The Tyranny of Words

The pioneering and still essential text on semantics, urging readers to improve human communication and understanding with precise, concrete language.

In 1938, Stuart Chase revolutionized the study of semantics with his classic text, TheĀ Tyranny of Words. Decades later, this eminently useful analysis of the way we use words continues to resonate. A contemporary of the economist Thorstein Veblen and the author Upton Sinclair, Chase was a social theorist and writer who despised the imprecision of contemporary communication. Wide-ranging and erudite, this iconic volume was one of the first to condemn the overuse of abstract words and to exhort language users to employ words that make their ideas accurate, complete, and readily understood.

Science and Sanity: An Introduction to Non-Aristotelian Systems and General Semantics

Selections from Science and Sanity represents Alfred Korzybski’s authorized abridgement of his magnum opus, Science and Sanity: An Introduction to Non-Aristotelian Systems and General Semantics. This second edition, published in response to the recent Korzybski revival, adds new introductory material and a revised index, providing an accessible introduction to Korzybski’s arguments concerning the need for a non-Aristotelian approach to knowledge, thought, perception, and language, to coincide with our non-Newtonian physics and non-Euclidean geometries, to Korzybski’s practical philosophy, applied psychology, pragmatics of human communication, and educational program. Selections from Science and Sanity serves as an excellent introduction to general semantics as a system intended to aid the individual’s adjustment to reality, enhance intellectual and creative activities, and alleviate the many social ills that have plagued humanity throughout our history.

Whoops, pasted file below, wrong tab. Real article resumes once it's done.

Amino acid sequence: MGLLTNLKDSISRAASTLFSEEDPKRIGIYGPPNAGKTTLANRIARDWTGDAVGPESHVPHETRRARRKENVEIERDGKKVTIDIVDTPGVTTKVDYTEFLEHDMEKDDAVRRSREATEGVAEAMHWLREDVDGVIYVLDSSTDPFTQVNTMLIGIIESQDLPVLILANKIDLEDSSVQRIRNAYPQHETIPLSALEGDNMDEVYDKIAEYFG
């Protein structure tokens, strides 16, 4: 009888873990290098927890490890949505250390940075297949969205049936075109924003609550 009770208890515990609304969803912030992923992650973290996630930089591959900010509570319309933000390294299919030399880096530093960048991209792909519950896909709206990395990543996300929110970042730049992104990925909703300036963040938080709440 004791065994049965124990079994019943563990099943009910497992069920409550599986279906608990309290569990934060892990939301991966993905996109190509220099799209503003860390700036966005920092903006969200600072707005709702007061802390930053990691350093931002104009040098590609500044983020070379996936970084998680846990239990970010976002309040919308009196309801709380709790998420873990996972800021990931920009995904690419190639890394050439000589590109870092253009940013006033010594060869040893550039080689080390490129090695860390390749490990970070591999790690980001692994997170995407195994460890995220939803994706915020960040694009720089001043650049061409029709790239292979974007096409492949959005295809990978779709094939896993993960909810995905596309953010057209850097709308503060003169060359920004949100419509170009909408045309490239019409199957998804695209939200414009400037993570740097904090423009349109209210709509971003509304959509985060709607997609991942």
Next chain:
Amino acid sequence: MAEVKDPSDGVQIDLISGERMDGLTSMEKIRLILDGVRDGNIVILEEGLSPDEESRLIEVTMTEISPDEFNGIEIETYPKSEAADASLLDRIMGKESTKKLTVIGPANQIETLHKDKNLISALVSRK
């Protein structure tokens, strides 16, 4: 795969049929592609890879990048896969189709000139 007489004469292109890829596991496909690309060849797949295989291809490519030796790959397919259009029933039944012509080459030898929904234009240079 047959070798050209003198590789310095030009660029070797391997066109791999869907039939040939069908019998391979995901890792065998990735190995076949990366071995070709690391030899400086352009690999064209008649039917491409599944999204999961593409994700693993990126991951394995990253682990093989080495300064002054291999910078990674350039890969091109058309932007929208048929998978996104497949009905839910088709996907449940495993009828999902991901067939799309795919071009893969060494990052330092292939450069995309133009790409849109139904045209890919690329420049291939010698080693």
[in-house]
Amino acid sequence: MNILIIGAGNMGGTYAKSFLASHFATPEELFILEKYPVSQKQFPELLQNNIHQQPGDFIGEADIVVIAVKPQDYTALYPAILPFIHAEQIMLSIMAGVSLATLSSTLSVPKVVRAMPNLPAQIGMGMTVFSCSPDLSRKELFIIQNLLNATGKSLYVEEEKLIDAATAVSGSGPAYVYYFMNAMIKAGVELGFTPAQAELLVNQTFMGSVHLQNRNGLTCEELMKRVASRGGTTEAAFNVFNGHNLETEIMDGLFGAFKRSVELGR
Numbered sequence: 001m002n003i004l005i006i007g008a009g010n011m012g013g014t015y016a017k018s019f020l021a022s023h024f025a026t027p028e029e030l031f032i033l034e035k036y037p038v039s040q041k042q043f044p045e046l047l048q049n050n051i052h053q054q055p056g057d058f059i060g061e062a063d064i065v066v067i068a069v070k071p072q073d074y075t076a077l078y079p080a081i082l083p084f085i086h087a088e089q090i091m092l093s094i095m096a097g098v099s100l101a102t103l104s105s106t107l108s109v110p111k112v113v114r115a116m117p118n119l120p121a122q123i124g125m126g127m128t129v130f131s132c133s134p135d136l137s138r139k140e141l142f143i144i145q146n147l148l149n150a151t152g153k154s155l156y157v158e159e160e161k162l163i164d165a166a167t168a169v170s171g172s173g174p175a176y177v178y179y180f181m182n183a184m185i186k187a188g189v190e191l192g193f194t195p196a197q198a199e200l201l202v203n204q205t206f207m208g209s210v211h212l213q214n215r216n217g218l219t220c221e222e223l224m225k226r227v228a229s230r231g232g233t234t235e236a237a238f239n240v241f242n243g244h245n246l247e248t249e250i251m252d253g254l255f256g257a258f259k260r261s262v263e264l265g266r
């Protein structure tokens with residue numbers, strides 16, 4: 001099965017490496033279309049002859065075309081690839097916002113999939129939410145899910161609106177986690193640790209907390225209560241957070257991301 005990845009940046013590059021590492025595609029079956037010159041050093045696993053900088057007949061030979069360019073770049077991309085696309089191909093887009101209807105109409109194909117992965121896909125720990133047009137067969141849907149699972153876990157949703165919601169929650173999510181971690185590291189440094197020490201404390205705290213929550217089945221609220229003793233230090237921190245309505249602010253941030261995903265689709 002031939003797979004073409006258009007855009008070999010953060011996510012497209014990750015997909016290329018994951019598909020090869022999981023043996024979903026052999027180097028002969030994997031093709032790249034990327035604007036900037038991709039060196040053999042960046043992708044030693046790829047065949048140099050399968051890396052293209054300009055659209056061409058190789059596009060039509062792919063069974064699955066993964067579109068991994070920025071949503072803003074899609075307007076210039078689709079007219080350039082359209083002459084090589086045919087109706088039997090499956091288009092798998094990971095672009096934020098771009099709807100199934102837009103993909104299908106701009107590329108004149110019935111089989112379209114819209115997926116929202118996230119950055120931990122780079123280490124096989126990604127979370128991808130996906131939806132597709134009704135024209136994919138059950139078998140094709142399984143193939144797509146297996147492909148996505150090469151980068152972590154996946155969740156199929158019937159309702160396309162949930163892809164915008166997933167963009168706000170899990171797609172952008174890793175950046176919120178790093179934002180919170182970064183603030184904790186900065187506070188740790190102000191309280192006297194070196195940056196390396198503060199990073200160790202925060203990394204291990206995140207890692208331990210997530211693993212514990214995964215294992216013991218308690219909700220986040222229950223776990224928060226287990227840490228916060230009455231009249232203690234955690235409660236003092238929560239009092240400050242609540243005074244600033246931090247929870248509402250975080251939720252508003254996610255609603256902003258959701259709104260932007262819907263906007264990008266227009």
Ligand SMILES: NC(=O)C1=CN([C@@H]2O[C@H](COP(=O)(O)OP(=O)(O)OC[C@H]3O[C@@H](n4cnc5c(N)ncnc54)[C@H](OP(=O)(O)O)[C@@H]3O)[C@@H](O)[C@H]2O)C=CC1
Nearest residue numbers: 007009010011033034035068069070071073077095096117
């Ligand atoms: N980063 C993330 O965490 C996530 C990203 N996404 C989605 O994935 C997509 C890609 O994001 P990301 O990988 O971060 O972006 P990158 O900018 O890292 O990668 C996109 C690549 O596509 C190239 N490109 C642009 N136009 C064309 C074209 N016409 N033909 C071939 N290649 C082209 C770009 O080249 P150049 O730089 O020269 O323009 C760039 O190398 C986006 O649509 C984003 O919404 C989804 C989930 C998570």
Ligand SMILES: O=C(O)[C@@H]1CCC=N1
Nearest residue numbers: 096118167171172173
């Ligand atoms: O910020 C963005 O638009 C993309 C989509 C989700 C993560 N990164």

The Demon-Haunted World: Science as a Candle in the Dark

How can we make intelligent decisions about our increasingly technology-driven lives if we don’t understand the difference between the myths of pseudoscience and the testable hypotheses of science? Pulitzer Prize-winning author and distinguished astronomer Carl Sagan argues that scientific thinking is critical not only to the pursuit of truth but to the very well-being of our democratic institutions.

Casting a wide net through history and culture, Sagan examines and authoritatively debunks such celebrated fallacies of the past as witchcraft, faith healing, demons, and UFOs. And yet, disturbingly, in today’s so-called information age, pseudoscience is burgeoning with stories of alien abduction, channeling past lives, and communal hallucinations commanding growing attention and respect. As Sagan demonstrates with lucid eloquence, the siren song of unreason is not just a cultural wrong turn but a dangerous plunge into darkness that threatens our most basic freedoms.